Balenciaga, already in the midst of a lawsuit for allegedly copying a souvenir-inspired bag (in which creative director Demna Gvaslia was blasted for his “willingness to copy the work of others”), has been hit with yet another lawsuit. This time the Paris-based brand is on the hook for allegedly copying the world-famous CAR-FRESHNER tree design for a $275 keychain. According to a new lawsuit filed this week in a New York federal court by CAR-FRESHNER Corporation and Julius Sämann Ltd. (“the plaintiffs”), Balenciaga is selling tree-shaped keychains “that are deliberately designed to replicate the plaintiffs’ [trade dress-protected] Tree Design,” which thanks to 66 years of continuous use, have become “staples of American culture, familiar to millions of consumers who encounter these products and marks in a wide variety of commercial contexts.”
The plaintiffs allege that “Balenciaga was not only aware of Plaintiffs’ famous Tree Design Marks prior to its manufacture and distribution of the infringing products, but deliberately based its design on” the plaintiffs’ products, as indicated by the fact that that “‘Product Details’ for the infringing product leads with the statement that the infringing products represent ‘Car fresheners inspiration,’ leaving little doubt about the source of Balenciaga’s infringing design.”
Moreover, CAR-FRESHNER Corporation and Julius Sämann Ltd. argue that “the contours of the [Balenciaga design] … track exactly the shape and dimensions of a genuine LITTLETREESAir Freshener” and that “Balenciaga has even copied the specific colors associated with some of the popular scents in which the plaintiffs’ LITTLETREES Air Fresheners are offered.” Such conduct, according to the plaintiffs “is willful and intentional and betrays reckless disregard for the plaintiffs’ trademark rights.”
The plaintiffs note that while their design is best known for its use as a care air freshener, the design, itself, has been used “in connection with many additional goods that promote and benefit from association with the Tree Design Marks, including without limitation luggage tags, key rings, playing cards, greeting cards, shirts, backpacks and duffle bags, pens, stickers, umbrellas, clocks and watches, downloadable computer graphics, toys, magnets, [and] water bottles.” In fact, they assert that just recently, they “granted a license for renowned designer Anya Hindmarch to use the Tree Design Marks as the configuration of high quality hang tags for handbags, sold for hundreds of dollars.”
Such broad use of the tree design helps to bolster CAR-FRESHNER Corporation and Julius Sämann Ltd.’s claim that Balenciaga’s unauthorized use of the design “is likely to cause confusion, mistake, or deception as to the source or sponsorship of Balenciaga’s products and to mislead the public into believing that Balenciaga’s products emanate from, are approved or sponsored by, are licensed by, or are in some way associated or connected with plaintiffs.” That is the core of a trademark and/or trade dress infringement claim, which is what the plaintiffs are asserting in the case at hand (in addition to trademark dilution, a separate claim that does not require a showing of consumer confusion).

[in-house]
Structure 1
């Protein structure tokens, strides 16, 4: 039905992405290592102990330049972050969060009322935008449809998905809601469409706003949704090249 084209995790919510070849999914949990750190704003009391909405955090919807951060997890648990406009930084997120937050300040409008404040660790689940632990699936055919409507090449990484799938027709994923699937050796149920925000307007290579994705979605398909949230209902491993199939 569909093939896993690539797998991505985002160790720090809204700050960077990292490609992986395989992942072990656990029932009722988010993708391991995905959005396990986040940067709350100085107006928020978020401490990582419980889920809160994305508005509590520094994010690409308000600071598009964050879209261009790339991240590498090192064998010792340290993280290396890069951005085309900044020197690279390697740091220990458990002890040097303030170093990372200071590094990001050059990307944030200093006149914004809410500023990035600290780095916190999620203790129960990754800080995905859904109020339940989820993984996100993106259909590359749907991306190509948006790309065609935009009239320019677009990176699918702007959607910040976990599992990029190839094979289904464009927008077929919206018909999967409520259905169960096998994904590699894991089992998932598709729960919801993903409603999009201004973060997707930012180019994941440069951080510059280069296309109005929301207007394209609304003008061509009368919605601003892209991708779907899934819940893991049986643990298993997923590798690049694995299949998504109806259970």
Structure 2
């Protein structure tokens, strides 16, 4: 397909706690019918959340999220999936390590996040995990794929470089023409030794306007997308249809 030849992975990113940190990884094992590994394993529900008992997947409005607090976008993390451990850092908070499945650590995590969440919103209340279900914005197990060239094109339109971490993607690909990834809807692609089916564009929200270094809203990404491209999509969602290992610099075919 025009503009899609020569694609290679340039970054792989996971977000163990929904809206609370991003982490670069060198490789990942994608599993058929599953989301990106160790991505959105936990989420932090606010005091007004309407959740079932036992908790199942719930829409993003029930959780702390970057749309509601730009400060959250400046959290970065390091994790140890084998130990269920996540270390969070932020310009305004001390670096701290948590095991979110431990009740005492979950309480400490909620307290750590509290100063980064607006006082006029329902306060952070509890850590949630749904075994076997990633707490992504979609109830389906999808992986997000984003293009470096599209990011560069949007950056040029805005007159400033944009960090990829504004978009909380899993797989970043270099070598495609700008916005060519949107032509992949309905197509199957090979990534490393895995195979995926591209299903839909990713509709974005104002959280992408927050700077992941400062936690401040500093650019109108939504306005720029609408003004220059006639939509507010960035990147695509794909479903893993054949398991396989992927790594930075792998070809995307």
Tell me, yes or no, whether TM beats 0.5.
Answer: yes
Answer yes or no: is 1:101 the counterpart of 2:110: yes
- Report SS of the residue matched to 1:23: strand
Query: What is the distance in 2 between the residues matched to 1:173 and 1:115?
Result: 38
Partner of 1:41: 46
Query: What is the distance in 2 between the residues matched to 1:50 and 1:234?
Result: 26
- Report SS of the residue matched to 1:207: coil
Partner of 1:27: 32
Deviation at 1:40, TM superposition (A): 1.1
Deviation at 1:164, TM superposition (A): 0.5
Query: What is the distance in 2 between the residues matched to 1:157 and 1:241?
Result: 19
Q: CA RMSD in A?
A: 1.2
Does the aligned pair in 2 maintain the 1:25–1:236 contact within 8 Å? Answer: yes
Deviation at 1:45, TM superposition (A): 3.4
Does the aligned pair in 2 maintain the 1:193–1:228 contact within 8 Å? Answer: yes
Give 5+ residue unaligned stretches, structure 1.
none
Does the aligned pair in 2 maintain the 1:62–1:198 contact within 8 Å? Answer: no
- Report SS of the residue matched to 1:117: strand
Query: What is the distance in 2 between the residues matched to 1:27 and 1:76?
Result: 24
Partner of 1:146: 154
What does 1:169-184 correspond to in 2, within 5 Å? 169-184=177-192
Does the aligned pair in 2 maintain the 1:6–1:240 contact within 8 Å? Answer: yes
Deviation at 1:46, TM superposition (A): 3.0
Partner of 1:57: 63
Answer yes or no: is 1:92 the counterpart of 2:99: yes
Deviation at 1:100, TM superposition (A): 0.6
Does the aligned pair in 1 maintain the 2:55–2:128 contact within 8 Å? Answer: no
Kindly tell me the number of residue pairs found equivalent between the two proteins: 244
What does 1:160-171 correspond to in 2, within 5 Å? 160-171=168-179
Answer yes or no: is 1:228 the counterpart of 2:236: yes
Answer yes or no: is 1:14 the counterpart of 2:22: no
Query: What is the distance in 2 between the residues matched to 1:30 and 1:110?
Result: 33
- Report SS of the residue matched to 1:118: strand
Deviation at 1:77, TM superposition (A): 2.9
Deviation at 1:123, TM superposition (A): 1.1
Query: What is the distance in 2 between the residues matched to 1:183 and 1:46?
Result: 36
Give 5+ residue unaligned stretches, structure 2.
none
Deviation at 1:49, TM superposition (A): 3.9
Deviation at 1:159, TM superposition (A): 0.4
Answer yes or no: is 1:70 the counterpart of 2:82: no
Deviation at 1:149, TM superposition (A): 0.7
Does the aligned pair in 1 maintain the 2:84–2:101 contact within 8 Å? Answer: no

(For the uninitiated, trade dress is a type of trademark law in which the configuration of a product, such as the design, itself, or the shape, is protected as long as that design serves a source-identifying function. CAR-FRESHNER Corporation and Julius Sämann Ltd. maintain a number of federal registrations for the tree design in an array of classes of goods).
As we have noted in the past, the large-scale rise of collaborations in fashion (including with non-fashion brands), such as those put forth by Balenciaga (which has collaborated with Crocs and the World Food Programme, among others, in the past), among other high fashion brands, could, in fact, give rise to an increased likelihood of confusion. In other words, CAR-FRESHNER Corporation and Julius Sämann Ltd. very well might be able to show that consumers believe that the Balenciaga keychain is the result of a partnership with the plaintiffs, despite the obvious differences between the plaintiffs’ and Balenciaga’s core products, price points, and channels of distribution (i.e., you will not find the plaintiffs’ air freshners on Matches.com, SSSENSE, FarFetch, or Balenciaga’s e-commerce site, which is where the keychains are being sold).
As a result of the foregoing, the plaintiffs are seeking injunctive relief, which would immediately and depending on the outcome of the case, permanently, bar Balenciaga and any other entity from the “manufacture, production, sale, import, export, distribution, advertisement, promotion, display, or other exploitation of the infringing product.” CAR-FRESHNER Corporation and Julius Sämann Ltd. are also seeking an array of monetary damages, including an profits made by Balenciaga in connection with the still ongoing sale of the key chains.
* The case is CAR-FRESHNER Corporation and Julius Sämann Ltd., v. Balenciaga America, Inc., 1:18-cv-09629 (SDNY)